“Leave the Latin Masses to the TLM brigade.” I hear this also. One parishioner said of an OF Mass in Latin, “Why do this? Often such Masses are offered by priests who haven’t learned or are afraid to offer the Extraordinary Form. Then, they offer Latin Novus Ordo Mass in such a way that they are mimicking a Tridentine Mass. I would rather the priest just go ahead and learn, and then offer, the Tridentine Mass.”

  10. Giuseppe says:

    My first Latin Mass was a NO mass in London – Farm Street Church (of the Immaculate Conception, I believe). It was beautiful and reverent. Not sure if they do TLM now.

  11. thereseb says:

    I hope this is not off topic, but I would like to draw your attention to Bp Egan’s Laetare letter which lays down his plan for Latin chants and the liturgy – linked to by Bara Brith, who runs the excellent choir at Blackfen.

    http://bara-brith.blogspot.co.uk/2013/03/laetare-sunday-in-portsmouth.html

    The Bishop was savaged in the Tablet this week for his diocesan reorganisation plans. What they’ll make of this I dread to think….

  12. acardnal says:

    More Latin, period!

    And the Kyrie in Greek, too!

  13. albinus1 says:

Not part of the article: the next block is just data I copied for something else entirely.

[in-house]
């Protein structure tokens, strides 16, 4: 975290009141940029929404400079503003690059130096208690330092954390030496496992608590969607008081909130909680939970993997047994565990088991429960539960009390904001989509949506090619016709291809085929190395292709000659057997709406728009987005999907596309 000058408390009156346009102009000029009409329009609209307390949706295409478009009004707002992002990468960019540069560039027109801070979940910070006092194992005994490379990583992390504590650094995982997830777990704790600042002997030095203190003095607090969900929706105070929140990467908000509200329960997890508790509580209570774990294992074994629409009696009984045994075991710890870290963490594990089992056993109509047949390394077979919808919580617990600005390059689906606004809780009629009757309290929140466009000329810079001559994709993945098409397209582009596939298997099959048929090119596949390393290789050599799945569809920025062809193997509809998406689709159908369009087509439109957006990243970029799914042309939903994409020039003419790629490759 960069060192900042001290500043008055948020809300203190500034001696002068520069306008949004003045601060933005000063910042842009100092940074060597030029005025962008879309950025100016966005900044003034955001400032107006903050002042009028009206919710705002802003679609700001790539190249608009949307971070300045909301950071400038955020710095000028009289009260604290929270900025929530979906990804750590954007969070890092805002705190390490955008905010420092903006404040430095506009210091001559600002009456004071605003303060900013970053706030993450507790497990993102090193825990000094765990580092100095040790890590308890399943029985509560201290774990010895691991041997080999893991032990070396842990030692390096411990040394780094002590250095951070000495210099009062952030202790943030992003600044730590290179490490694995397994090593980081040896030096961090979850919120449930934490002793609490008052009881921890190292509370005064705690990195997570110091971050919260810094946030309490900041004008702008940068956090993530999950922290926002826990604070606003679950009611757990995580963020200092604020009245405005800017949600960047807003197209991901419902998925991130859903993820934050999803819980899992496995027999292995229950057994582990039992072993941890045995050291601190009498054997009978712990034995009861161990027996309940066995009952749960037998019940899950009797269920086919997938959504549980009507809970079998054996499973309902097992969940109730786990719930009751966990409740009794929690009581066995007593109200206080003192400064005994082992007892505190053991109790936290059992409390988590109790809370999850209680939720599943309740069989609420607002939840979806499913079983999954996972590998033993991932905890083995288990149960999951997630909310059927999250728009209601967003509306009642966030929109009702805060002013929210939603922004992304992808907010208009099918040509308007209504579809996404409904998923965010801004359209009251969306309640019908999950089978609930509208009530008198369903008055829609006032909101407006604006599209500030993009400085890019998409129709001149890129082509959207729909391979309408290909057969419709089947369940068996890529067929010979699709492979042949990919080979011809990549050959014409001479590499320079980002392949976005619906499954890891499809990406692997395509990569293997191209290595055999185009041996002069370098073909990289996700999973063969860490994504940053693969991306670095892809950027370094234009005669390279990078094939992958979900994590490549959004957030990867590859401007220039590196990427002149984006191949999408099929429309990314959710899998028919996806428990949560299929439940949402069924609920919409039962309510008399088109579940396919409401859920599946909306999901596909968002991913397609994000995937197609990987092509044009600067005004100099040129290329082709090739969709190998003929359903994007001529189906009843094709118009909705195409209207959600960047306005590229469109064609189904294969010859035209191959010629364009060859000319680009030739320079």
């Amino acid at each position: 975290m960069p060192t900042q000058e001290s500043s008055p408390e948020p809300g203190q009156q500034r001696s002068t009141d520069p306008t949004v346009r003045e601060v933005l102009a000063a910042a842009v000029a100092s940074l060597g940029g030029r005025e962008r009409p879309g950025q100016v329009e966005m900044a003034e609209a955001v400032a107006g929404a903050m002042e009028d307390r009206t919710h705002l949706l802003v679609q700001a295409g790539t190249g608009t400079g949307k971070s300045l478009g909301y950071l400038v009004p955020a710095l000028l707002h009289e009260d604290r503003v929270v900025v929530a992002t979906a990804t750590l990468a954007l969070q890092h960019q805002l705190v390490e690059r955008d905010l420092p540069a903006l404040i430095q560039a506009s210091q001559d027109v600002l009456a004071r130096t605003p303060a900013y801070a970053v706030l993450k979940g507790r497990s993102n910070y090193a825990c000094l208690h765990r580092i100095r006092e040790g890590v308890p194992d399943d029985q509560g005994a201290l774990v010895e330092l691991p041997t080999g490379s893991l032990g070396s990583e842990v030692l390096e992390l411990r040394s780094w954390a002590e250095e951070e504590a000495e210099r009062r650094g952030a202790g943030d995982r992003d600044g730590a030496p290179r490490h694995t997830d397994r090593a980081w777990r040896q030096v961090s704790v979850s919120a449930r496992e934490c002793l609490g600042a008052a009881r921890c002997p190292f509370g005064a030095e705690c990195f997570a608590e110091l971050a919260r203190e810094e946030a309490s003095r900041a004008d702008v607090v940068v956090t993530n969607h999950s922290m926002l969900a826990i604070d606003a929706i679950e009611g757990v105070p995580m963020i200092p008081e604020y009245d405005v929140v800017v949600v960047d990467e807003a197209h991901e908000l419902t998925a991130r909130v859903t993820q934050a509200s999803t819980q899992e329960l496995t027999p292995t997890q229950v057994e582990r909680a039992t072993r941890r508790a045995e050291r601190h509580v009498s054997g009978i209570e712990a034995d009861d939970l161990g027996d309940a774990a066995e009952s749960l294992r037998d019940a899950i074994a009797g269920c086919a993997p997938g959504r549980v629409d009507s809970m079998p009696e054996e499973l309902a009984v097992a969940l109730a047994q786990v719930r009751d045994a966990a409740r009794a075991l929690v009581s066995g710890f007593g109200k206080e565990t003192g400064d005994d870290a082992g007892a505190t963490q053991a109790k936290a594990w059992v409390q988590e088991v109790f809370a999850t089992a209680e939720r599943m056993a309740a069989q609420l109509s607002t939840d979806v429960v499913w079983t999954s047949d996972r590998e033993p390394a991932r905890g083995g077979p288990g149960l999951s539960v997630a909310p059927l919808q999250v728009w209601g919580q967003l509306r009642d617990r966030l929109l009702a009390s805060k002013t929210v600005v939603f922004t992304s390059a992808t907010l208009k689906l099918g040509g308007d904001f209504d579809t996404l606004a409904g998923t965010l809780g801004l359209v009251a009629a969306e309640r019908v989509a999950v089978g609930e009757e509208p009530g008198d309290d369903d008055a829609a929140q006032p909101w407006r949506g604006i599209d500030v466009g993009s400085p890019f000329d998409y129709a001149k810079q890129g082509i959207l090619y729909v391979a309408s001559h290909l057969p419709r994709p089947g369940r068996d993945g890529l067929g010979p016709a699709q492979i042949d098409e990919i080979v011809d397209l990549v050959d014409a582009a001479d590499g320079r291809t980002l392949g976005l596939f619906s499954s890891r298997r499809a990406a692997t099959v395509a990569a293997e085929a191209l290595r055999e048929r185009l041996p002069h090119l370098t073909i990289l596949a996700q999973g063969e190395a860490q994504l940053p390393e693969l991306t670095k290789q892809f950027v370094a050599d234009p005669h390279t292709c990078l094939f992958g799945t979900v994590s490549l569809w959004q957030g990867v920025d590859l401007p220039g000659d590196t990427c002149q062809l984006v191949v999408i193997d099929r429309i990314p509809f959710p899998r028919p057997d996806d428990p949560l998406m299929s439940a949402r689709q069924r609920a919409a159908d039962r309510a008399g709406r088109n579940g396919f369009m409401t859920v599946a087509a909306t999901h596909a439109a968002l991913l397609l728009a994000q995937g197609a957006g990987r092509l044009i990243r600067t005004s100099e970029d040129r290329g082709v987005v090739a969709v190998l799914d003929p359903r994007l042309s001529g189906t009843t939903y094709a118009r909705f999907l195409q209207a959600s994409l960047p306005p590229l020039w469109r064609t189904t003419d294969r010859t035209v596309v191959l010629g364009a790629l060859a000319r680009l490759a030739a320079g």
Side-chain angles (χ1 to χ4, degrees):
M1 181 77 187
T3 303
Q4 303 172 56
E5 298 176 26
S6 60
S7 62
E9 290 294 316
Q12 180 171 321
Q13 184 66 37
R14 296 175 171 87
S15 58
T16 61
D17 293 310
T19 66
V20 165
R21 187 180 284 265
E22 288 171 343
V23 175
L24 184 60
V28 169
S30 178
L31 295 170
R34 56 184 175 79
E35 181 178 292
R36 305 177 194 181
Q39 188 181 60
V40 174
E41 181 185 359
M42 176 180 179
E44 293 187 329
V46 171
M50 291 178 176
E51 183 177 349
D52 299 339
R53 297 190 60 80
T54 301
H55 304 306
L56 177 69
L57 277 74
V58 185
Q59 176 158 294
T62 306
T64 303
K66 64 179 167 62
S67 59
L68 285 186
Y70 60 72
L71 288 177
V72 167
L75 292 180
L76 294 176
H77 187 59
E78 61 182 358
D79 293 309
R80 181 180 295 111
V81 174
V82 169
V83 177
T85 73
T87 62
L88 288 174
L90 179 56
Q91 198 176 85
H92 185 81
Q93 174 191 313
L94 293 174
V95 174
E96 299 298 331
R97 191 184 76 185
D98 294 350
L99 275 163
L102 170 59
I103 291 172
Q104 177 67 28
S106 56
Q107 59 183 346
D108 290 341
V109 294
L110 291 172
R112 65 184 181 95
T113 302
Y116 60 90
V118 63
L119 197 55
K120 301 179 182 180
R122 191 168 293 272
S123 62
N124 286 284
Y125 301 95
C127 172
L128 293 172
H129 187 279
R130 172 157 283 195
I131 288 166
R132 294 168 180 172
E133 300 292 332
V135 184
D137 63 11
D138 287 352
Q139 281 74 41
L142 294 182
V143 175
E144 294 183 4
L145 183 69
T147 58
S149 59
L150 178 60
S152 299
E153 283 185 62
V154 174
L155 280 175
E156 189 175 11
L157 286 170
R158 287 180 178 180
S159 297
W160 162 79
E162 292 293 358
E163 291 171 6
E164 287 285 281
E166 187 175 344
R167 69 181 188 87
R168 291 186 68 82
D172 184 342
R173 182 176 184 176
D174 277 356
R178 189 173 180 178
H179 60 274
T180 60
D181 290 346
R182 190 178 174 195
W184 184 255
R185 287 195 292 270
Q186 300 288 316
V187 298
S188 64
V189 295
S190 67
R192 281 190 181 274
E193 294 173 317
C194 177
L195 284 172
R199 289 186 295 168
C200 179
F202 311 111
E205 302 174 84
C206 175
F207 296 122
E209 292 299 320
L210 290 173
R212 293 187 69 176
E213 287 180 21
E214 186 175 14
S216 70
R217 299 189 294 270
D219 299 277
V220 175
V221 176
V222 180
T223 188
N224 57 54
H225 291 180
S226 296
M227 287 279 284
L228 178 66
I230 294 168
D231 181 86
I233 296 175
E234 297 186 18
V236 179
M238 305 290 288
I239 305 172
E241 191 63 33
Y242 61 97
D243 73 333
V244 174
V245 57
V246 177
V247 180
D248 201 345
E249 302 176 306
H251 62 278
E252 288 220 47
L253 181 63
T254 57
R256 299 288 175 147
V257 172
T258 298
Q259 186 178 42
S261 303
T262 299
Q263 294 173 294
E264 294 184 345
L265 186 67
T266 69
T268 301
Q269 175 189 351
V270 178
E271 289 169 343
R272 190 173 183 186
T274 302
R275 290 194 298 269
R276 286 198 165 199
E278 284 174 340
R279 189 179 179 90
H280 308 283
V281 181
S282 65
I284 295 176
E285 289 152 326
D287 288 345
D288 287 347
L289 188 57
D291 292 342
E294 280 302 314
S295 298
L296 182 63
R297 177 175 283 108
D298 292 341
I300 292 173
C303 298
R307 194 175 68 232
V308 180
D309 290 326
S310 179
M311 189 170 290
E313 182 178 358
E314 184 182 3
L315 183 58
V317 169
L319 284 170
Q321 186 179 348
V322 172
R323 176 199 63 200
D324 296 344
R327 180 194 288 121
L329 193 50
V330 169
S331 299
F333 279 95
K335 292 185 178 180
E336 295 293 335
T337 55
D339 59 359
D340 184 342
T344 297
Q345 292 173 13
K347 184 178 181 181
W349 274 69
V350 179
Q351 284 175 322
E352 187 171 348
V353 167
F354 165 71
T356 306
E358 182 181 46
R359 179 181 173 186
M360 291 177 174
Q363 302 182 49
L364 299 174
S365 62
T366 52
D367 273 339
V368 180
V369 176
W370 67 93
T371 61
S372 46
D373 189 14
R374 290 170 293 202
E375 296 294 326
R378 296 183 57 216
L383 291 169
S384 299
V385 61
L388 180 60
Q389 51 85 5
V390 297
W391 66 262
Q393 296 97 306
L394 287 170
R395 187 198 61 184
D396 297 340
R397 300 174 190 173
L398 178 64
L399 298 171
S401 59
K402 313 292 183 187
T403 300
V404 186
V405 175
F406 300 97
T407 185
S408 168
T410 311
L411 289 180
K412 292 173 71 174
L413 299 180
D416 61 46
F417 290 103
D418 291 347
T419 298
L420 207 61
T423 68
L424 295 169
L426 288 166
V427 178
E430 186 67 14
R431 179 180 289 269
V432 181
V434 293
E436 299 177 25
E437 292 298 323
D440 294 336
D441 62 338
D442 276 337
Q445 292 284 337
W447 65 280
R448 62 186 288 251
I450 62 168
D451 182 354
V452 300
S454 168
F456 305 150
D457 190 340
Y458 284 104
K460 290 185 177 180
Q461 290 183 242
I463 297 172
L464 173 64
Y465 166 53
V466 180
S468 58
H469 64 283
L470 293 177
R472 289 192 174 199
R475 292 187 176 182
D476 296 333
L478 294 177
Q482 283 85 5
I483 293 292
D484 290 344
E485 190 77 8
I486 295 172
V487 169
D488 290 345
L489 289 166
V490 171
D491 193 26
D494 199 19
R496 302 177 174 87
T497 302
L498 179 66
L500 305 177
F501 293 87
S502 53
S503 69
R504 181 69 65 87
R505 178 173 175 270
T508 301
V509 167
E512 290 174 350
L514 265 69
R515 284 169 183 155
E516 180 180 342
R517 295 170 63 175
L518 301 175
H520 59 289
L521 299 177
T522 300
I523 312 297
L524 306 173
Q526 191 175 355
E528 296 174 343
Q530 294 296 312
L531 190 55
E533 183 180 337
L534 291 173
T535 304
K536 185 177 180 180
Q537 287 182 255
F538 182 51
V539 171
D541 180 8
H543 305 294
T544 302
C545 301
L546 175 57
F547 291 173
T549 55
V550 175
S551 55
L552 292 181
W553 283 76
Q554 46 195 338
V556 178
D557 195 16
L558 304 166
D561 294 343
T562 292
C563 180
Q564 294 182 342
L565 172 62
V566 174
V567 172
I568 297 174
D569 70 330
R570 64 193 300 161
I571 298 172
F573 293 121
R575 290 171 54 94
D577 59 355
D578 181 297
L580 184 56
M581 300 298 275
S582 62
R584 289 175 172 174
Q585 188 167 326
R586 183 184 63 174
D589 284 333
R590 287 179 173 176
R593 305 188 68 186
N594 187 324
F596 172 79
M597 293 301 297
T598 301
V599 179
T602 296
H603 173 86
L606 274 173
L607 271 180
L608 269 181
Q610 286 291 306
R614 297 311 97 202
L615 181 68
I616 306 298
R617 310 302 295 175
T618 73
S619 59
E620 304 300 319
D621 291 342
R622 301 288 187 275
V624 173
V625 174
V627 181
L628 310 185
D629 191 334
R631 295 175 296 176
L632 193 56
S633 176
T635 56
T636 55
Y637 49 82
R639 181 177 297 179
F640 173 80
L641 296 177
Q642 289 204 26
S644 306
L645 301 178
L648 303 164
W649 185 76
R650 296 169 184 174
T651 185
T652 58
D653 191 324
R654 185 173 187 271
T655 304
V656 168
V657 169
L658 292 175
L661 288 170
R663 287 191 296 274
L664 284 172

I think the attitude is “Leave the Latin Masses to the TLM brigade.”

    I think that this is a possible (unintended) negative consequence of Summorum Pontificum: increased availability of the EF Mass makes it easier for those opposed to any whiff of liturgical tradition to consign these things to a traddy EF “ghetto” rather than allow the EF to exercise the “gravitational pull” on the OF which Pope Benedict evidently intended.

  14. RichR says:

    The critical thing is to have a Schola that knows all the Ordinary chants and can quickly learn Propers. The next thing you need are materials (I recommend the Latin altar missal from MTF and the “Mass of Vatican II” booklets from Ignatius Press). Then you need someone good at creating worship aids. Finally, you need to prepare people for this and start adding chanted Ordinaries to the Masses a little at a time to teach people. Finally, you need to start it in a way that dies not disrupt the normal flow of things. I recommend an early-bird Sunday morning Mass. This way, if there ends up being little interest, no restructuring of Mass times has been done. If it takes off, and enough of the parishioners attend it, then it becomes self-evident that the Latin OF Mass needs to supplant one of the more convenient Mass times.

    Just suggestions.

  15. Gail F says:

    “Sacrosanctum Concilium 54 requires that pastors of souls teach their flocks to sing and respond in Latin and their mother tongue.”

    HA HA HAHA HA HA HA HA. How many priests actually know this? And of those, how many actually do it? HA HA HA HA HA.